If you haven’t seen Batman v Superman, do not read this article! But in BvS, Superman has a conversation with a family member in a snowy environment, and that scene has been nagging at me. I decided to jot down my thoughts about this scene, to see what I think it means to the movie, and why I consider this scene a visit to a figurative Fortress of Solitude. If you’re curious, take a look at my thoughts!
- Check out our review of Batman v Superman: Dawn of Justice
- Read about our theory for the desert scene of Batman’s Knightmare in Batman v Superman here
Superman’s Identity Crisis
Batman v Superman has really been on my mind since seeing it last Thursday. Another scene that I have been contemplating is the Pa Kent scene. I wondered what this scene means, and on the surface it is pretty easy to figure out, but I do think there is a little more to it, in terms of Superman finding his identity. I think to really dig into this though, we have to first take a look at Man of Steel, and examine both father figures in his life.
Looking Back at Man of Steel
In Man of Steel we had two somewhat opposing ideologies of what Clark was meant to do on Earth. One was Jor-El’s visions for Clark’s future, which were optimistic, but also very grand. Jor-El’s thoughts seemed to instill the idea that Clark was a god among these humans, and seemed to almost place the responsibility of protecting these people in Clark’s hands. We see these thoughts conveyed in a few scenes–one on the ancient, crashed Kryptionian ship, and the other when Superman is about to save Lois from the escape pod, and Clark says his final goodbye to his holographic father. Even before Clark leaves Krypton, Jor-El remarks that his son will be like a god among these men. Talk about giving your kid a superiority complex.
Jonathan Kent, on the other hand, had a much more cautionary outlook for his son. He had a distrust for humanity, and how they would react to the knowledge of a being like Clark. Jonathan was not ready to call his son a god, but treated him as a son. Every parent asks their kid what they want to be when they grow up. Most children would say something grand–a baseball player, a doctor, a firefighter. For Pa Kent this very human question was very applicable to Clark, but on a much grander scale. What will Clark do with his powers when he “grows up”? Pa Kent knew these decisions would be important to the world, but he knew they were Clark’s decision to make, rather than given a pre-destined feeling that Jor-El seems to be instilling on Clark.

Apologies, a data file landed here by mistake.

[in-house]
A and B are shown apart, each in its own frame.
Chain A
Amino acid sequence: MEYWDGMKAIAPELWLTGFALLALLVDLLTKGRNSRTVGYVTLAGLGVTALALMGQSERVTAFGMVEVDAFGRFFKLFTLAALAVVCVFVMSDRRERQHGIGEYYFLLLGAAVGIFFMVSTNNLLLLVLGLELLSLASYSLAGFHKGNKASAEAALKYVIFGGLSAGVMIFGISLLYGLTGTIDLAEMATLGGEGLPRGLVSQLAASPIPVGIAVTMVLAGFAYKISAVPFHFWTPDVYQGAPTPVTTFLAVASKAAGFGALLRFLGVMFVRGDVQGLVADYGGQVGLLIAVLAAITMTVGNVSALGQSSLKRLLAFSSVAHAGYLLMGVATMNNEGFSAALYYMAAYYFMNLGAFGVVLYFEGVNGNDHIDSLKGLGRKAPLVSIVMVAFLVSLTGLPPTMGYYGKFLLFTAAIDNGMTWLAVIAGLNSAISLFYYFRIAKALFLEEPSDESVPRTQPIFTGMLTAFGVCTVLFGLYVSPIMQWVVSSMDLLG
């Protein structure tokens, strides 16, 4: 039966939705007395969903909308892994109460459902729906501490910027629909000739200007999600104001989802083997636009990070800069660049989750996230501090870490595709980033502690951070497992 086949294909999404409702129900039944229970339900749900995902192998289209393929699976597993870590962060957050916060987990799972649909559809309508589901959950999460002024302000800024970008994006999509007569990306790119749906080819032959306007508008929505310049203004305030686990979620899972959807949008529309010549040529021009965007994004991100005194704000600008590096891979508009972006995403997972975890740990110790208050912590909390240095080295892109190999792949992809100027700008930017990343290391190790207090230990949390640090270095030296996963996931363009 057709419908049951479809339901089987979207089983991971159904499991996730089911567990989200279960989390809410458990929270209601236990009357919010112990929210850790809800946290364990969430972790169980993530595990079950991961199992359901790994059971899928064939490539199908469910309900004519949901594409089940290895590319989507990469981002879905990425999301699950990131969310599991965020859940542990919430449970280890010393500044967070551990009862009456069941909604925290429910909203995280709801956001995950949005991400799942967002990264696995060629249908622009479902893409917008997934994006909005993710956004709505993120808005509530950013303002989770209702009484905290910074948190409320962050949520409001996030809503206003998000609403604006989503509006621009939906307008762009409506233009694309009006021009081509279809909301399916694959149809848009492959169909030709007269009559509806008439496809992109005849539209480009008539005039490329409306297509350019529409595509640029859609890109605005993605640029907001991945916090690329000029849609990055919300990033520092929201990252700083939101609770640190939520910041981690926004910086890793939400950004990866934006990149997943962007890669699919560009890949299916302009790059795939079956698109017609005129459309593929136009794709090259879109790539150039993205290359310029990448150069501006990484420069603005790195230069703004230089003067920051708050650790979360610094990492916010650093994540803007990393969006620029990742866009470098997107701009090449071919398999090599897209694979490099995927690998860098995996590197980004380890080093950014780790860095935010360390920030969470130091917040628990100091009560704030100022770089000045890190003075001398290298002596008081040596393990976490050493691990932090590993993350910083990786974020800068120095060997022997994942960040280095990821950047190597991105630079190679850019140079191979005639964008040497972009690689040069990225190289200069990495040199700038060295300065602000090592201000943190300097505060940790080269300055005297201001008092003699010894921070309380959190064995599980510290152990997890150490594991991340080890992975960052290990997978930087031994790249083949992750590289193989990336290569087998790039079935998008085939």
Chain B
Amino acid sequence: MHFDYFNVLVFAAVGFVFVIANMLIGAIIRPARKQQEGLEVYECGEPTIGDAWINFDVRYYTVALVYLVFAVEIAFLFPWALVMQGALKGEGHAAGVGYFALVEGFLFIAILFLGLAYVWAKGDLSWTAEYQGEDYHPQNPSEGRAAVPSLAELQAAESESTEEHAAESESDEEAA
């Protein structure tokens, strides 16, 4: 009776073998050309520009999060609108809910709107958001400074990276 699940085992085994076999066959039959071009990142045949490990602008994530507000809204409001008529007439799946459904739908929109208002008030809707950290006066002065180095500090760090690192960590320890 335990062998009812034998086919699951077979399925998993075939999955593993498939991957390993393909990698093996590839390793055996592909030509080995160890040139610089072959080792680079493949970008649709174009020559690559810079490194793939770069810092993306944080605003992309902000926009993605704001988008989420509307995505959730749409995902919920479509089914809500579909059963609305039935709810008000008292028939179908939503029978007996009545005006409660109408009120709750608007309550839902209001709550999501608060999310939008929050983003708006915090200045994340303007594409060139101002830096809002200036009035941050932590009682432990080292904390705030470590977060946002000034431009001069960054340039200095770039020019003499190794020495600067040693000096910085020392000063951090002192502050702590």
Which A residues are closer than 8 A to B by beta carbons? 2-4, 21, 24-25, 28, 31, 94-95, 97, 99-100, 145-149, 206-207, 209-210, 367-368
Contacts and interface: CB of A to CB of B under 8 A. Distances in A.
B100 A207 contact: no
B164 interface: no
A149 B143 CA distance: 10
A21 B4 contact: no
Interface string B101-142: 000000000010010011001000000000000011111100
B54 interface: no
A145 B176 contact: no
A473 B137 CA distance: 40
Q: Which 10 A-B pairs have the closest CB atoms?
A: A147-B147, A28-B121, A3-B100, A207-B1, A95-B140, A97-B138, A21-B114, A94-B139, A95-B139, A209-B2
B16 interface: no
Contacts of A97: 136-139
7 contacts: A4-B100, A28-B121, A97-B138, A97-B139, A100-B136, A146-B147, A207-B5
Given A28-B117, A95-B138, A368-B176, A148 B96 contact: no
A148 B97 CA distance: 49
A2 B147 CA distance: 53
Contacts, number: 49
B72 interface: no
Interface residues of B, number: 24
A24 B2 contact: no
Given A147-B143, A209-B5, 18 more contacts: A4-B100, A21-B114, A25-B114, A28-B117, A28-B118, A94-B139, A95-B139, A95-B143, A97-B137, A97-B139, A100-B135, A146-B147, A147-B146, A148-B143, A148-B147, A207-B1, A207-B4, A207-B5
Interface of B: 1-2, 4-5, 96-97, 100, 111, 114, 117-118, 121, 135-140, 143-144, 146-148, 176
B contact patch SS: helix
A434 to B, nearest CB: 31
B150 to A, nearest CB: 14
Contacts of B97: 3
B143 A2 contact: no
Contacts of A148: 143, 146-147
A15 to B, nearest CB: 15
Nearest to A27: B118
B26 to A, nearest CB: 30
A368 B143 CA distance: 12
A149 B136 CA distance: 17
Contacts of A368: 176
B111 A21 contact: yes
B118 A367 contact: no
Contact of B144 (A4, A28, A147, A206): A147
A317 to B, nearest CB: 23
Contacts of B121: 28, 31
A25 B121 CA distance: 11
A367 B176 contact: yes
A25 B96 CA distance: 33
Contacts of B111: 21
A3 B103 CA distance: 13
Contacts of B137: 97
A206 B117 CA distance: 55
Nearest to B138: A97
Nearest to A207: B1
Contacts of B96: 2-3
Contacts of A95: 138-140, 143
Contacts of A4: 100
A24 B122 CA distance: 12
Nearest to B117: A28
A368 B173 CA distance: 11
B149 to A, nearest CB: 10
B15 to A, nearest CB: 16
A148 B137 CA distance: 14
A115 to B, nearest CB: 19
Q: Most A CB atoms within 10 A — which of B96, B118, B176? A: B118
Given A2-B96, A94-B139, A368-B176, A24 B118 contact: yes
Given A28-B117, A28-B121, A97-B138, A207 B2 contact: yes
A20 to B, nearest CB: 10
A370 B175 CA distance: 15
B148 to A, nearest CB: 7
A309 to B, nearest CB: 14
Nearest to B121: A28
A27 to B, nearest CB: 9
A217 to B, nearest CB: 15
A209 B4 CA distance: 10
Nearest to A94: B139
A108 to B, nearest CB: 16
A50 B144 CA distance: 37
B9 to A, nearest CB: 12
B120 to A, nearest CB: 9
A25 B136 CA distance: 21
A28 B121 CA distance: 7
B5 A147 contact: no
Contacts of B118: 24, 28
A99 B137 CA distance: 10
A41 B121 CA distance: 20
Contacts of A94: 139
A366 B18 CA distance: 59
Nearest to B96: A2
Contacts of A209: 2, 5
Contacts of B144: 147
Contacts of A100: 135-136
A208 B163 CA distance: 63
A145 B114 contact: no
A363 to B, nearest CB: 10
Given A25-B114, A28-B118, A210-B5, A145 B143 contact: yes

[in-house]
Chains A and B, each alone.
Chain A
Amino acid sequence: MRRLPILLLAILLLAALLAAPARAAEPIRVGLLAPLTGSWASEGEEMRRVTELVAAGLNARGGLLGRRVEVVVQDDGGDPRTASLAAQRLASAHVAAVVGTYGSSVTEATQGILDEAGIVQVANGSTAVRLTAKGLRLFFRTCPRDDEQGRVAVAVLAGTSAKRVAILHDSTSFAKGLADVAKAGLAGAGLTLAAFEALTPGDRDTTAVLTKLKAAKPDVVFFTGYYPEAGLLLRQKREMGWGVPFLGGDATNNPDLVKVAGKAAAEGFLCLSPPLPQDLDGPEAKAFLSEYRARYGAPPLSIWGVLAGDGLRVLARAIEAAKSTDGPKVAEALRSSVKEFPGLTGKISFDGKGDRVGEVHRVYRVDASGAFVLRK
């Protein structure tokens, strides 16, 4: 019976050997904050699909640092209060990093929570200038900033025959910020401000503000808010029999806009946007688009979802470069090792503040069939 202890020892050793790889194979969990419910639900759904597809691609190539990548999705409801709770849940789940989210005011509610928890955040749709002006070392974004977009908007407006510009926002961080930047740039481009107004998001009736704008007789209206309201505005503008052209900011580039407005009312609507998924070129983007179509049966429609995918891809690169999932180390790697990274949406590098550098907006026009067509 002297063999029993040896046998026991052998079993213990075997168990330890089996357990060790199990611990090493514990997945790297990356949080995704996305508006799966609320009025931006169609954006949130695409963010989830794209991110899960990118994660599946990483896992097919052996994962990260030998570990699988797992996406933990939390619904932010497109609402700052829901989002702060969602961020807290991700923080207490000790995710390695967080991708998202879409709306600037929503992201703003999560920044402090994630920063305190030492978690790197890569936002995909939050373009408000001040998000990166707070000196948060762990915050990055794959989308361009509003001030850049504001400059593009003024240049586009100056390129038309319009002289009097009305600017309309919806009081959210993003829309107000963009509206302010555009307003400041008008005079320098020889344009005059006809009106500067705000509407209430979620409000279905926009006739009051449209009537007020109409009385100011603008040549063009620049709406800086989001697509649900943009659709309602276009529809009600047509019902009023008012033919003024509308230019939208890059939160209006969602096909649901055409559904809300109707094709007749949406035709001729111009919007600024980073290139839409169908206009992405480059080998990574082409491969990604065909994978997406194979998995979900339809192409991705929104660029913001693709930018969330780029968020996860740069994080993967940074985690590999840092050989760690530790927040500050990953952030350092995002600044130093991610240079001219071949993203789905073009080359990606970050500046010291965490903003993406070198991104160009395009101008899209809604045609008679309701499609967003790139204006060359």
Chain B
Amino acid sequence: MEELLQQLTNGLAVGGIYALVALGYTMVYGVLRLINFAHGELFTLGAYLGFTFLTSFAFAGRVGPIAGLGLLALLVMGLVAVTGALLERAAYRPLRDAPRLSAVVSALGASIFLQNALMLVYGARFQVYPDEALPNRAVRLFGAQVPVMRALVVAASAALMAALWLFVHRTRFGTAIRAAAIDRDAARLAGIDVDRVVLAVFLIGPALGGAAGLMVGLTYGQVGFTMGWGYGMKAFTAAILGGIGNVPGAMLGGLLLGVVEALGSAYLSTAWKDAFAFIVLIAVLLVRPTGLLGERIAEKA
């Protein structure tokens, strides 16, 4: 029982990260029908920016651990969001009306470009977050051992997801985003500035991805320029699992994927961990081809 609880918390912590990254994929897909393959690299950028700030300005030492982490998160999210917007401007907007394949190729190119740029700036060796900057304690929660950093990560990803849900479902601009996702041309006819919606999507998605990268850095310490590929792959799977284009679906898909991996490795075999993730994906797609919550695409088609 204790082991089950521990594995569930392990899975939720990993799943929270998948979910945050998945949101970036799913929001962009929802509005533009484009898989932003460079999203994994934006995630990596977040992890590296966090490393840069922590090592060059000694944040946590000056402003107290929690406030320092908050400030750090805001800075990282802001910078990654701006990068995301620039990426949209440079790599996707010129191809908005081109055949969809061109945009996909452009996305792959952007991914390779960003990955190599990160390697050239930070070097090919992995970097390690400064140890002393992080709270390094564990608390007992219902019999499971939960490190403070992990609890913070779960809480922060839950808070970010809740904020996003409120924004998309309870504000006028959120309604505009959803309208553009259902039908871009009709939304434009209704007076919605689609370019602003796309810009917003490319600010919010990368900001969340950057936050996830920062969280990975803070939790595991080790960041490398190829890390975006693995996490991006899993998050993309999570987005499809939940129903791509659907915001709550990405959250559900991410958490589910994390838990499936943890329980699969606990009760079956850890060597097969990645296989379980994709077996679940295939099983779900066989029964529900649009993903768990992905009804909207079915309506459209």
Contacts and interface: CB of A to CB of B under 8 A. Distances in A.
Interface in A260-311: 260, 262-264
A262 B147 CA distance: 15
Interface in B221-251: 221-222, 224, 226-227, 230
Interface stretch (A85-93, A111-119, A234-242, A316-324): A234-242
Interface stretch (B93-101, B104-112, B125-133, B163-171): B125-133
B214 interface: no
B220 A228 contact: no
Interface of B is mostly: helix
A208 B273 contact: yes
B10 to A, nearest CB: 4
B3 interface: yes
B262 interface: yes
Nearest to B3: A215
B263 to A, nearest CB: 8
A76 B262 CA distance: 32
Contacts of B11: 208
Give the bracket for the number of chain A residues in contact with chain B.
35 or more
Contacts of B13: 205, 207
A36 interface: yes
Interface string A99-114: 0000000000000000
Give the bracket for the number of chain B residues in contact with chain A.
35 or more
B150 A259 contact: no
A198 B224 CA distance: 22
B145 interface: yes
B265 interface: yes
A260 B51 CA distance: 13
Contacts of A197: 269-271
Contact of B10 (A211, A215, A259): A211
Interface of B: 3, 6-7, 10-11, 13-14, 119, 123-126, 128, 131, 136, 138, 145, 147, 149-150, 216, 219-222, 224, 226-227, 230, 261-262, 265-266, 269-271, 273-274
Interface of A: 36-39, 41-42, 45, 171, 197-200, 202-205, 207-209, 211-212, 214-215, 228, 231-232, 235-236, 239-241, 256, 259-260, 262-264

Figurative Fortress of Solitude
Batman v Superman continues this “Man of Two Worlds” theme, with people worshipping Superman as a god, while others seem to consider him the devil. This leads me into what I think the meaning of Jonathan Kent’s vision was.
First, I think this scene was meant to pay homage to the Fortress of Solitude for Superman. It takes place in a wintry landscape, as Superman’s “home” is typically depicted, and it is a moment of reflection for Superman. So why is Clark seemingly seeing Pa Kent? He is dead right? I would contend that he is not actually seeing his Earth father, but this is a way for Superman to self-reflect on what it means to be human. He has had so much attention regarding him being a God, or Alien or Demon, that he himself might be struggling to remain connected to humanity–a theme that seems to run throughout both this film and Man of Steel.
What Exactly is Jonathan Kent Trying to Say?
But what is the point of the story that Jonathan Kent tells Clark? How does Clark even know about this story if this is not really Jonathan Kent? Again, I think this goes back to the self-reflection. I think that at some point, Clark had heard this story as a kid. At the time, he was not able to process the meaning of this story. But now, given current events of his life, it has come to the forefront of his memories. He probably knew as a child, that this story had some significance, but just now is realizing in what way.
Superman has been struggling to figure out what is right, and when he made a move to do what he thought was right, the Senate building exploded, killing hundreds of people, which is what seems to send Clark into this exile. That is where this story comes in. As a quick reminder of the story Pa Kent told, he tells Clark that when he was a child, the family farm was being flooded. Pa Kent explains that he thought he was a hero when he was able to stop the flood, but did not realize until after the fact, that while he and his family celebrated their victory, that his actions caused the flooding of the Langs’ farm.
What This Batman v Superman Scene Ultimately Means
The moral of the story is basically there will be times where when doing the right thing has unintentional consequences, and I think that point drives home the fact that it is a part of being human. It further illustrates that Superman is not a god, but does still have the ability to do great things. I think it is this moment that brings Superman back into wanting to be a member of the human race, rather than struggling to police the human race as he had seemed to do at the beginning of the movie.
Again, I am curious to see what others think about what Pa Kent meant to Superman in Batman v Superman. This is just another interpretation I have for Batman v Superman‘s plot points. Let me know what you think in the comments below, and I will be keeping an eye on these. Also check out another article, discussing character motivations of other characters in Batman v Superman: Dawn of Justice here.